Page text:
• “Turn down your analytic brain.” This doesn’t mean abandoning legal analysis. It means trying to turn down the overly critical self-judging that comes from worrying about how things are going as they happen. If an advocate is berating him- or herself for bungling a question, the advocate is not open to the new cues being offered and how to keep the focus on the judges’ needs.
  • “Listen for the game.” Oral argument isn’t a game, but this language, drawn from theater improvisation, means finding the common ground of the improvised conversation: “What are we really doing? What are we really talking about? What’s going on here?” If an advocate is emphasizing the substantive legal question but the judges are asking technical questions about procedure or the effect on future cases, then there is no common ground — and no shared game to play.
  • “Ensure your [judge] keeps saying yes.” In Yastrow’s words, “If your [judge] says ‘no’ to something you say or disagrees with a statement you make, you will immediately feel the conversation stall.” Indeed. To try to minimize these stalled moments, focus on areas of “mutual affirmation and agreement.” It seems that mutual agreement may come many sources: taking reasonable positions that the court might actually adopt; using binding precedent in skillful way; invoking shared understandings such as canons of construction; and possibly invoking shared imagery that is meaningful to the court.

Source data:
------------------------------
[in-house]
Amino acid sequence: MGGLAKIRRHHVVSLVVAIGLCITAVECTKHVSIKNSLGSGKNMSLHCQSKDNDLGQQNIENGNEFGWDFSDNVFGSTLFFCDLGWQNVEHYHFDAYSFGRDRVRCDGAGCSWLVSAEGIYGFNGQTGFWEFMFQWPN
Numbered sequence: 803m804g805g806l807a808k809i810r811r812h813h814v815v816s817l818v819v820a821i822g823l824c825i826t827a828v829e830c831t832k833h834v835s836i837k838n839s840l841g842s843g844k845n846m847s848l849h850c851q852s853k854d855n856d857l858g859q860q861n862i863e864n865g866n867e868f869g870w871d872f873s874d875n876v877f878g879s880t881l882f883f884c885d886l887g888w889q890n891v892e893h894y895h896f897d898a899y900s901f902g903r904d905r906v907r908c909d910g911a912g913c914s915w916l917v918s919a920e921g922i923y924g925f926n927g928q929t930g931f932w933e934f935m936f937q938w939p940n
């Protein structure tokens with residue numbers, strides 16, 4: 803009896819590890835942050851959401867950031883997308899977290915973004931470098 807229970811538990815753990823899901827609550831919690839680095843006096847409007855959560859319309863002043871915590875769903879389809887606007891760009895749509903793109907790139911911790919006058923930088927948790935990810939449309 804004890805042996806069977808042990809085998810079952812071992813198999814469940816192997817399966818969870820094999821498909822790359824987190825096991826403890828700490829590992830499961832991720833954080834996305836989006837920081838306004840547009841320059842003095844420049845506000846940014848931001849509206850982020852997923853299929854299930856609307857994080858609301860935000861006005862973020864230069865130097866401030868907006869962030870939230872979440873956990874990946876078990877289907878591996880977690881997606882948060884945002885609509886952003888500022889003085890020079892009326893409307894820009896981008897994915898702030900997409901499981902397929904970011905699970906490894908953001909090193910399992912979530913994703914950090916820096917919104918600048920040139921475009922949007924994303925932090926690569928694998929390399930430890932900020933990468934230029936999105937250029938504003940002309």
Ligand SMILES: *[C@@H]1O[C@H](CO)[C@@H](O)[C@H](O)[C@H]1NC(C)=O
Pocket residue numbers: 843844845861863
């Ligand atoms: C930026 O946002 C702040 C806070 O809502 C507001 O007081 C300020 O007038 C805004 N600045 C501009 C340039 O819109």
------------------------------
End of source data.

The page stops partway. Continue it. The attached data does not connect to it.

And one final interesting approach: “Keep 95 percent of the conversation about the [judge].” When selling, Yastrow continually monitors his own performance in the conversation and asks, “Are we still talking about them?” Phrased in terms of oral argument, “[the judge] wants to hear about himself. If you notice that the conversation is about you, change it! Focus the conversation on your [judge].

There are some other interesting points from the book to be explored in later posts, but let me end this post on the 95 percent point. How can advocates actually advocate for their clients while also keeping 95 percent of the focus on the judges? I have a few ideas, such as highlighting what the opinion will mean for the court as precedent going forward. What do you think? For oral advocates, have you explicitly tried to keep the focus on the court, and if so — how?

And more generally: does the analogy of a sales pitch correspond to oral argument? How can advocates listen and improvise more effectively at oral argument?